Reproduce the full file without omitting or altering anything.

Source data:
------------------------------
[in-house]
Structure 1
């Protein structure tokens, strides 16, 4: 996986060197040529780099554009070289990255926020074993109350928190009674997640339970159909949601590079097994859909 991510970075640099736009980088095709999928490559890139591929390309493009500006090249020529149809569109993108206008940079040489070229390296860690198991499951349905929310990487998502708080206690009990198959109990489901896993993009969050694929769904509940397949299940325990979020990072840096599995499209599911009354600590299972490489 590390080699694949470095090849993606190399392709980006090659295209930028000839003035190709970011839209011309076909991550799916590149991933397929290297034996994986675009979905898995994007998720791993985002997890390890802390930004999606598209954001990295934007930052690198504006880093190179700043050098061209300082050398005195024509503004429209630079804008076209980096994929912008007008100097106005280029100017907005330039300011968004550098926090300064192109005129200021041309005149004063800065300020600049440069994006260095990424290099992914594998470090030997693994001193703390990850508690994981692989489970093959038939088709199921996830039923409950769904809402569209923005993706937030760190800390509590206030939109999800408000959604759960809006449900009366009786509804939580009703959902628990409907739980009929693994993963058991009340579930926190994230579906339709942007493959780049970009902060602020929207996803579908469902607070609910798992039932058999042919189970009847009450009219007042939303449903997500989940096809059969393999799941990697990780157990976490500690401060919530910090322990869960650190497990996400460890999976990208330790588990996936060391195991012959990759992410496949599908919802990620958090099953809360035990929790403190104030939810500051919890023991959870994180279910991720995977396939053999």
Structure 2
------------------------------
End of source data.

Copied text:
[in-house]
Structure 1
């Protein structure tokens, strides 16, 4: 996986060197040529780099554009070289990255926020074993109350928190009674997640339970159909949601590079097994859909 991510970075640099736009980088095709999928490559890139591929390309493009500006090249020529149809569109993108206008940079040489070229390296860690198991499951349905929310990487998502708080206690009990198959109990489901896993993009969050694929769904509940397949299940325990979020990072840096599995499209599911009354600590299972490489 590390080699694949470095090849993606190399392709980006090659295209930028000839003035190709970011839209011309076909991550799916590149991933397929290297034996994986675009979905898995994007998720791993985002997890390890802390930004999606598209954001990295934007930052690198504006880093190179700043050098061209300082050398005195024509503004429209630079804008076209980096994929912008007008100097106005280029100017907005330039300011968004550098926090300064192109005129200021041309005149004063800065300020600049440069994006260095990424290099992914594998470090030997693994001193703390990850508690994981692989489970093959038939088709199921996830039923409950769904809402569209923005993706937030760190800390509590206030939109999800408000959604759960809006449900009366009786509804939580009703959902628990409907739980009929693994993963058991009340579930926190994230579906339709942007493959780049970009902060602020929207996803579908469902607070609910798992039932058999042919189970009847009450009219007042939303449903997500989940096809059969393999799941990697990780157990976490500690401060919530910090322990869960650190497990996400460890999976990208330790588990996936060391195991012959990759992410496949599908919802990620958090099953809360035990929790403190104030939810500051919890023991959870994180279910991720995977396939053999």
Structure 2